EPCC joins the UK’s ExCALIBUR programme to address the challenges of Exascale
Posted: 8 May 2020 | 09:37
ExCALIBUR is a £45.7m programme to address the challenges and opportunities offered by computing at the exascale (high performance computing at 1018 floating point operations per second). The programme will address problems of strategic importance, and how to approach them in an efficient, effective, and productive fashion on the world’s largest computers.
The Strategic Priorities Fund is one of the UK Government’s largest programmes to work on multi-disciplinary and inter-disciplinary research and innovation, and has the ultimate aim of boosting the productivity and competitiveness of the economy. In the context of ExCALIBUR, this includes work on currently intractable problems of strategic importance such as drug and vaccine research, climate and weather prediction, and fusion power and green energy sources.
Specifically, the aim is the redesign and reimplementation of high priority codes and algorithms to maintain a leading position for the UK in high performance computing.
With the first Exascale machines perhaps becoming available between 2021–2023, the challenges are certainly formidable. A range of development is required from systems software and libraries, applications themselves, and utilities to prepare, analyse and visualise large amounts of data.
A very high degree of parallelism will be relevant throughout – perhaps O(109)-O(1010) simultaneous threads of execution will be employed at the Exascale. Applications must maximise efficient use of computational resources, minimise costly data transfers and synchronisations, and at the same time deal with significant algorithmic complexity.
All this must be done with an eye not just to flexible and efficient computation and robust numerical results, but to the productivity of those doing the development, and to energy efficiency at the time of execution.
As the first stage in ExCALIBUR, in October 2019 UKRI put out a call for high priority use cases around which to form design and development working groups. EPCC is now active, in collaboration with universities and industrial partners around the UK, in three of the resultant eight groups which have been funded: see below.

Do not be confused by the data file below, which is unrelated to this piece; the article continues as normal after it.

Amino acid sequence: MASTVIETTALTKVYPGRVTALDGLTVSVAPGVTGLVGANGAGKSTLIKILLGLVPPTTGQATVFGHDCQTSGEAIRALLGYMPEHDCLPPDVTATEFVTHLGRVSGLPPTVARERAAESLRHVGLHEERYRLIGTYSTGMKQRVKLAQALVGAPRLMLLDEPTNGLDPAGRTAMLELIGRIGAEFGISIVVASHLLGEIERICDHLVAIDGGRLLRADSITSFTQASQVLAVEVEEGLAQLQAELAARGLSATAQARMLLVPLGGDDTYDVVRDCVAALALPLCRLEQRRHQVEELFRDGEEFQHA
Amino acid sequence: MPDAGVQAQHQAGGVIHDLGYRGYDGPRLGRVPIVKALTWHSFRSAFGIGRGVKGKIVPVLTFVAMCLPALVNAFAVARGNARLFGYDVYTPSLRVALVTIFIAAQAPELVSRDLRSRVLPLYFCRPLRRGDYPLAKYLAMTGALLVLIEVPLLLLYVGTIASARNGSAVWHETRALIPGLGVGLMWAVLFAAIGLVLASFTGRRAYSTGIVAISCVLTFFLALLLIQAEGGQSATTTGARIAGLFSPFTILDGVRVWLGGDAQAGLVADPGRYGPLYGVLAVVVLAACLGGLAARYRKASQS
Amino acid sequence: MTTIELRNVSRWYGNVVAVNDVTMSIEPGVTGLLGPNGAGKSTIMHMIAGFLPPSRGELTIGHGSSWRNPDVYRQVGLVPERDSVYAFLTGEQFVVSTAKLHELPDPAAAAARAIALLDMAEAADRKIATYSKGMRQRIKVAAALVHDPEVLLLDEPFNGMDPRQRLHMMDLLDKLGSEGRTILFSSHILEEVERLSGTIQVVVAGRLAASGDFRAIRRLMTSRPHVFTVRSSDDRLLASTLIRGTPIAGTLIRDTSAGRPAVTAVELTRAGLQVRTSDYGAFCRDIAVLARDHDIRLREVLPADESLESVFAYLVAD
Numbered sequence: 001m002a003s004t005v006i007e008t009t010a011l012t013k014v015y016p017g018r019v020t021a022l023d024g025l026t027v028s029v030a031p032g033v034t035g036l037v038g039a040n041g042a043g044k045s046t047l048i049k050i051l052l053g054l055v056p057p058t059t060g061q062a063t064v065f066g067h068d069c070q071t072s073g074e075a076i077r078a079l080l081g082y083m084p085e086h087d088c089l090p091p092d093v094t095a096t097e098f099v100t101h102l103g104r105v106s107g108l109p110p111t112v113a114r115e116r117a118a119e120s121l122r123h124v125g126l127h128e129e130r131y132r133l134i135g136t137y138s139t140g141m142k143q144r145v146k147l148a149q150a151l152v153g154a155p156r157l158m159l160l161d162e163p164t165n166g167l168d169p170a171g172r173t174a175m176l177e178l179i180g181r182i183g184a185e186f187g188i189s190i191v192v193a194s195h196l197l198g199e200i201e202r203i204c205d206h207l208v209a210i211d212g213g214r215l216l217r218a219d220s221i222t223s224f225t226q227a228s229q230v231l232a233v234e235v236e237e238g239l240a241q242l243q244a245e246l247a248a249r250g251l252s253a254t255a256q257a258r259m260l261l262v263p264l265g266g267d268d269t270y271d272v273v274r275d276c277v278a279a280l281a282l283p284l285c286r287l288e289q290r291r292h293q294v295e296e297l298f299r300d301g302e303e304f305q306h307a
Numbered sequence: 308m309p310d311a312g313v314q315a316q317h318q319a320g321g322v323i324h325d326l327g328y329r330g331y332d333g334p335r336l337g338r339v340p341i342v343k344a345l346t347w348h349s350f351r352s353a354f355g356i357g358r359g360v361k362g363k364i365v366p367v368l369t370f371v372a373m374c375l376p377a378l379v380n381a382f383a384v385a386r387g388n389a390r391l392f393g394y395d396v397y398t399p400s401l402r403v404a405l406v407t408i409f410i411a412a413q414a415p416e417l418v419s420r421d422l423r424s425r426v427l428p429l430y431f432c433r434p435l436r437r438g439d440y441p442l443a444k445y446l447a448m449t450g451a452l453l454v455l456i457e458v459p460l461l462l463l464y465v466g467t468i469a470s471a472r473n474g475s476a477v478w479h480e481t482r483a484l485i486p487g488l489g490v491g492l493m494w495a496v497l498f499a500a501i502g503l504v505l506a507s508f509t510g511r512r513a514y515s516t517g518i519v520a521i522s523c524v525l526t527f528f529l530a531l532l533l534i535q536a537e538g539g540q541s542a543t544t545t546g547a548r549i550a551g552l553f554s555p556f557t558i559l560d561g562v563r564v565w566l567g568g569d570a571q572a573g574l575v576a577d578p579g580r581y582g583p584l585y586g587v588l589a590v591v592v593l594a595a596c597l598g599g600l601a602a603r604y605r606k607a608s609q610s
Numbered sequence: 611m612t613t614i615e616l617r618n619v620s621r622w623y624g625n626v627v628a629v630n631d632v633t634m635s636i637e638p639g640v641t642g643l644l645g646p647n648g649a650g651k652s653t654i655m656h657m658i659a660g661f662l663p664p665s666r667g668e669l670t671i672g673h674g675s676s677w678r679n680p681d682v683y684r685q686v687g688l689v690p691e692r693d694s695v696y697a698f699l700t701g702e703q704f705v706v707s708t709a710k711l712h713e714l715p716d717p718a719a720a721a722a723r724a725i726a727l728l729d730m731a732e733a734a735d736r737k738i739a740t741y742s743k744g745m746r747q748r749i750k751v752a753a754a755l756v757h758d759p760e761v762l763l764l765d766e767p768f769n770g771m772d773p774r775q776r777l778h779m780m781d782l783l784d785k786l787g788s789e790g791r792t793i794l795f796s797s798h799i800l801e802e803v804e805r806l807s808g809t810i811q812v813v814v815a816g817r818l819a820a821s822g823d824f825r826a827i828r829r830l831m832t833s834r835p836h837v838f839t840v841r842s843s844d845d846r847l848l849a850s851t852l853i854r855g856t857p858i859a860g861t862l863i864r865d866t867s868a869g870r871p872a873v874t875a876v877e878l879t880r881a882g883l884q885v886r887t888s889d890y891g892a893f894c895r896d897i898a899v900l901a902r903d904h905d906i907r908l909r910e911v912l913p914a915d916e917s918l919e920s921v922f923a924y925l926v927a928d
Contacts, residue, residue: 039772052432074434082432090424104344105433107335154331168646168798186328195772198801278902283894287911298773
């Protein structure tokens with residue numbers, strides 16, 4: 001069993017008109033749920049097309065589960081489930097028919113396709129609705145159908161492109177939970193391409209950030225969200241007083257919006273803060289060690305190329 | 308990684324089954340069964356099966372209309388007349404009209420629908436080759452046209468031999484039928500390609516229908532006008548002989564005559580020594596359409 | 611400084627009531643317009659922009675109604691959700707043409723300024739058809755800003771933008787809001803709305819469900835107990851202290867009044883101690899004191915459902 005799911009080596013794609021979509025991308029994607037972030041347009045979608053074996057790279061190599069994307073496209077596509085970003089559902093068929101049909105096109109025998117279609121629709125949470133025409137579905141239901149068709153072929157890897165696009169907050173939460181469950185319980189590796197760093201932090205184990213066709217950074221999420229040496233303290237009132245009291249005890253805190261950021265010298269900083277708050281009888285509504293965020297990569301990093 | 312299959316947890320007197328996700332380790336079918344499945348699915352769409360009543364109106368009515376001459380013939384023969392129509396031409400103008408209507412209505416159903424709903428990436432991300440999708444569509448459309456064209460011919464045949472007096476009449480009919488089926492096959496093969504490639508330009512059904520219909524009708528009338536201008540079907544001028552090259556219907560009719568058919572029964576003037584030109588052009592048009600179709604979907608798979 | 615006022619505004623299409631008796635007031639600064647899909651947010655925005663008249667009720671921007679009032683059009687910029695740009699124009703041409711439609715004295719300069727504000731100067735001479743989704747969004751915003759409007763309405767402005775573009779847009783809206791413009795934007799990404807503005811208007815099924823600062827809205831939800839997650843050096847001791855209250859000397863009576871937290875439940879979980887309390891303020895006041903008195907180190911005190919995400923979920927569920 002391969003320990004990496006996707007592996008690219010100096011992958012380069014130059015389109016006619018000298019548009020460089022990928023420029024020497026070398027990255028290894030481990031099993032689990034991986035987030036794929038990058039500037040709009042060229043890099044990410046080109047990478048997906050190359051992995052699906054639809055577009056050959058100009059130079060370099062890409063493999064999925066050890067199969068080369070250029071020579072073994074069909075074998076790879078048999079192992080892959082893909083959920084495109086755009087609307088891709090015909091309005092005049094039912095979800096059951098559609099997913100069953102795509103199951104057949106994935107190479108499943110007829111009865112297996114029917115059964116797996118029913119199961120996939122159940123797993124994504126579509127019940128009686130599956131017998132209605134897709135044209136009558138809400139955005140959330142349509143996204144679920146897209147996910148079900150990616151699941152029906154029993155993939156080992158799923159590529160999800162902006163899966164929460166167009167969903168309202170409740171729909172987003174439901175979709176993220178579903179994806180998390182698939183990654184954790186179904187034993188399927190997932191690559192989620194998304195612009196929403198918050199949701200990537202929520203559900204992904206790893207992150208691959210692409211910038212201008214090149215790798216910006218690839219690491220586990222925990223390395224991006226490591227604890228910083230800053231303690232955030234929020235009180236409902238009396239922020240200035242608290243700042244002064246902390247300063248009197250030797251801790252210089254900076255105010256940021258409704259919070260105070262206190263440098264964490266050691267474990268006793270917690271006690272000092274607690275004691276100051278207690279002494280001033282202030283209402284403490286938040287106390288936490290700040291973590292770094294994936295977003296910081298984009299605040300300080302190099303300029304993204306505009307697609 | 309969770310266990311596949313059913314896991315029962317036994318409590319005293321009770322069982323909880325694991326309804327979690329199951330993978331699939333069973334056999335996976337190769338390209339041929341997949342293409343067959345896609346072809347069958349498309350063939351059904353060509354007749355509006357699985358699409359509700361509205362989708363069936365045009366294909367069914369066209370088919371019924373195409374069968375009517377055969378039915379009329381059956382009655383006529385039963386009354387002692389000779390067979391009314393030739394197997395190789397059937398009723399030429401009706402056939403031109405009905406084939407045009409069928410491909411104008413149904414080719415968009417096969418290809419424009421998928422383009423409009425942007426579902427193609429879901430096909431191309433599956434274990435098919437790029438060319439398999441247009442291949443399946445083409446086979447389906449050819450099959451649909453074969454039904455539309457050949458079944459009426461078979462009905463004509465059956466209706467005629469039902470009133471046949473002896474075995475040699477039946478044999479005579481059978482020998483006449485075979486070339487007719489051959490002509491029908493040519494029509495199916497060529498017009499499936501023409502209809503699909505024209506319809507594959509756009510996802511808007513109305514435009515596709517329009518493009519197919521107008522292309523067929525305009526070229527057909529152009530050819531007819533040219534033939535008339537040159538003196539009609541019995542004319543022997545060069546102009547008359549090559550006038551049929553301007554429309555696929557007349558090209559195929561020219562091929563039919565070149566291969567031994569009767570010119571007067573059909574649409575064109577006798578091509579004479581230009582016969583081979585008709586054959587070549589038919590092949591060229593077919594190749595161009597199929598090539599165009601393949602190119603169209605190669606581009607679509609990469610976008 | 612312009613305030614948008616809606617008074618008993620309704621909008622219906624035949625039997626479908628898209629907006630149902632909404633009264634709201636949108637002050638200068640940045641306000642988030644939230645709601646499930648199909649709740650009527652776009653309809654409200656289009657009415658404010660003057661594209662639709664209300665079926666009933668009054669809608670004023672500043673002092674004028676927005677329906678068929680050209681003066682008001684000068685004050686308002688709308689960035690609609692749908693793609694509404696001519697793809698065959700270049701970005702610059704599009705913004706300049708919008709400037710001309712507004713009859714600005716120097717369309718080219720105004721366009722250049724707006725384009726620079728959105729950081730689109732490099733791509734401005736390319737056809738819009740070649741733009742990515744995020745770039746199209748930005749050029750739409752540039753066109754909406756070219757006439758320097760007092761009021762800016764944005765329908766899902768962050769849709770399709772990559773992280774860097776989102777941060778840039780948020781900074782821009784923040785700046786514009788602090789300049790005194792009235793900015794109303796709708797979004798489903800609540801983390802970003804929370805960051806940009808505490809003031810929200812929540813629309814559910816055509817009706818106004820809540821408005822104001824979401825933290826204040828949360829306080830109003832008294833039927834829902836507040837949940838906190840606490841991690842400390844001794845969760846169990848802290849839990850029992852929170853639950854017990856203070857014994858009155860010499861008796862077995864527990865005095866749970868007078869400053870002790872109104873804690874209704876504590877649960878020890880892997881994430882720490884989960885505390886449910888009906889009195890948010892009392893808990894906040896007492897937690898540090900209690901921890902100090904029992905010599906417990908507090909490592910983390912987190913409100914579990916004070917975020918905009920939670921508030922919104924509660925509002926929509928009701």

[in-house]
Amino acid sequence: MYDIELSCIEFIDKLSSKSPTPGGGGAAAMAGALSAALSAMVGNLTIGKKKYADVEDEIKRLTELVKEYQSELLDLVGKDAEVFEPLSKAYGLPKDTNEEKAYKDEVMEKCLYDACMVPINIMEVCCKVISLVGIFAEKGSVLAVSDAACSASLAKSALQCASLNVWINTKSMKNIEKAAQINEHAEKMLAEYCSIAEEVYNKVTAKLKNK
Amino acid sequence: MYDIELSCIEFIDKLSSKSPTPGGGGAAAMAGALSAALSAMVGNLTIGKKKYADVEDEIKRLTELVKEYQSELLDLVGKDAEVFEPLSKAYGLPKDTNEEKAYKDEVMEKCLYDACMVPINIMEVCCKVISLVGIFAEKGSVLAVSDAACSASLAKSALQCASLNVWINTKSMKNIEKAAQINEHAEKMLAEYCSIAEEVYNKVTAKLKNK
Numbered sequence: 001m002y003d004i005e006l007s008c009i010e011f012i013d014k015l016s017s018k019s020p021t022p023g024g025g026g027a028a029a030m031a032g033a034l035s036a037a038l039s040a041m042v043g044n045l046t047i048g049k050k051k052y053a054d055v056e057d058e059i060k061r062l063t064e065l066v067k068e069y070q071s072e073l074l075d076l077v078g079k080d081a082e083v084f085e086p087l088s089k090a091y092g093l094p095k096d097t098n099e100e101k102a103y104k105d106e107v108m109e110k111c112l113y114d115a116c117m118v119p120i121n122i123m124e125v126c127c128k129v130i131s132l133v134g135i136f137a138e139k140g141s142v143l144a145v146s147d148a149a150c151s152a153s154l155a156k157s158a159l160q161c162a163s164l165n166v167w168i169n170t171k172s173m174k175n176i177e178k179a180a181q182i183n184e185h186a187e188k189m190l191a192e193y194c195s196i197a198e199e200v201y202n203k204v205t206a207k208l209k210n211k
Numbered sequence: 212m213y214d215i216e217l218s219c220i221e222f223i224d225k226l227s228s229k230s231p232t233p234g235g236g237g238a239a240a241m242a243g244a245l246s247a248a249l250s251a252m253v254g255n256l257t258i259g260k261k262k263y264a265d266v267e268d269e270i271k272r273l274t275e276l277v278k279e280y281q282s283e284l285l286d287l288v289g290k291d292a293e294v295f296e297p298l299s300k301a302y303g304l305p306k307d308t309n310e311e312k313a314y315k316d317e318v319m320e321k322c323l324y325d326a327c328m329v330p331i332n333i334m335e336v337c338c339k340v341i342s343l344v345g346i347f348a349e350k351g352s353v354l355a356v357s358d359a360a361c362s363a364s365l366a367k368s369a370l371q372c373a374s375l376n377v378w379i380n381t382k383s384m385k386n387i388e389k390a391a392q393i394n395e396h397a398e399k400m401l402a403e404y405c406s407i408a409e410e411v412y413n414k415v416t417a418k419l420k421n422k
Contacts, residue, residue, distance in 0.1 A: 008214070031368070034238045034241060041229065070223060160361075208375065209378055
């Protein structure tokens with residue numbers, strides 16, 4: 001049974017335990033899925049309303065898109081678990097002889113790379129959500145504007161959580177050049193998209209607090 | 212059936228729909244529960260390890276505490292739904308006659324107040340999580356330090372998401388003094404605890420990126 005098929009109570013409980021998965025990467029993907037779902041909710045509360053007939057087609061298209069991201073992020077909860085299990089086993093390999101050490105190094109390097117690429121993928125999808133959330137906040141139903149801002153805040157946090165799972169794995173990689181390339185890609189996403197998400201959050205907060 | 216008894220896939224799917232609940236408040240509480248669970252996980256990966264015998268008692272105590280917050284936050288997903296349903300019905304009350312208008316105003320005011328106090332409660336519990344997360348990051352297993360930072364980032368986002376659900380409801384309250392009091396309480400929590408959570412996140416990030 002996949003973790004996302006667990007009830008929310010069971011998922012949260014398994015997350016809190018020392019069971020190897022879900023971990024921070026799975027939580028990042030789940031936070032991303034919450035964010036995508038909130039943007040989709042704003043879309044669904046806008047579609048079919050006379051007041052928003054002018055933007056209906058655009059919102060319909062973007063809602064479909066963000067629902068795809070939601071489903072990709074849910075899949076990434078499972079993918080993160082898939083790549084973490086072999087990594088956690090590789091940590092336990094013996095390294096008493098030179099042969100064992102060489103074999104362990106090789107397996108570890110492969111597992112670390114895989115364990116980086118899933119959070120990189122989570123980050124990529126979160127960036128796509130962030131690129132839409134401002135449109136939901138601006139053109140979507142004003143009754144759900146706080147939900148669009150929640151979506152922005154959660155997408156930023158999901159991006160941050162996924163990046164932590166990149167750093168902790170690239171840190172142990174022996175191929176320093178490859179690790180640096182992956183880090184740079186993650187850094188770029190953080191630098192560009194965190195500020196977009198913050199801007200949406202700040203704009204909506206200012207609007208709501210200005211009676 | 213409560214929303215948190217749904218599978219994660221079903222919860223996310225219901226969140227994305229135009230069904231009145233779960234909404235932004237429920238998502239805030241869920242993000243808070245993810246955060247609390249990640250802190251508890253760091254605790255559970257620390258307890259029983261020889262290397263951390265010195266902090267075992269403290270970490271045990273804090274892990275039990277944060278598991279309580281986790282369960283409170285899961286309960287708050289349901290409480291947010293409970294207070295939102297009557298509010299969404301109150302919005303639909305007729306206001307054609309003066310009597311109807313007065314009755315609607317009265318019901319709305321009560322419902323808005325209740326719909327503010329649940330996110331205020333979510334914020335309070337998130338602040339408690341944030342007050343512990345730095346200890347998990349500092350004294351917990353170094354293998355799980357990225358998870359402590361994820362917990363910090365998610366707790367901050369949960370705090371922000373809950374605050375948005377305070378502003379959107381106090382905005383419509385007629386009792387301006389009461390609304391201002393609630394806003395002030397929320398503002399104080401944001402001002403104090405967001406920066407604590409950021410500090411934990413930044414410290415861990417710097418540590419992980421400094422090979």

The three groups will concentrate on different areas: mesh generation and manipulation for finite element problems, materials simulations, and lattice field theory. It will be the results of such programmes which will enable the benefits of efficient Exascale computing to be achieved.
Each of these strands will be discussed in more detail in future.
ExCALIBUR is led by the Met Office and the Engineering and Physical Sciences Research Council, and is a UK Research and Innovation (UKRI) Strategic Priorities Fund programme
EPCC’s ExCALIBUR collaborations
The Materials and Molecular Modelling Exascale Design and Development Working Group
This project brings together Research Software Engineers and experts from mathematics and computer science with domain experts in Materials and Molecular Modelling (MMM) to ensure this key research area is ready to exploit future Exascale computing resources. This will cover all components required by the community as pre-exascale and exascale computational resources become available to researchers. The project will equip the UK MMM community with the tools and communities required to use exascale computational resources efficiently to address many EPSRC Grand Challenges.
The project is led by UCL with EPCC among the co-leaders.
ELEMENT addresses the high priority use case of meshing for the Exascale (ensuring that meshes are of sufficient quality to represent Exascale problems and can be partitioned efficiently to minimise load imbalance) as well as meshing at the Exascale (creating highly scalable solutions able to exploit extreme levels of parallelism). The project is led by EPCC.
Meshing and geometry management remain a significant bottleneck for complex applications on HPC platforms, posing a challenging obstacle that must be overcome to enable Exascale simulations. From a technical perspective, these issues include improved geometric handling, mesh adaptation and optimisation, intelligent meshing, automation and robustness, all within a large distributed environment that lies outside of our current capabilities.
EXALAT: Lattice Field Theory at the Exascale Frontier
EXALAT is a collaboration led by the University of Edinburgh, with total funding of £365k to build on the recognised expertise in the Lattice Field Theory (LFT) community to use high-end computing to inform and upskill the wider scientific ecosystem for Exascale computing.
The project will develop a roadmap for LFT, as an example for other domains, to prepare for science on the first Exascale computers. It will also develop initial resources (best practice, training, and algorithmic/ software templates) to begin the journey.
Kevin Stratford, EPCC Image
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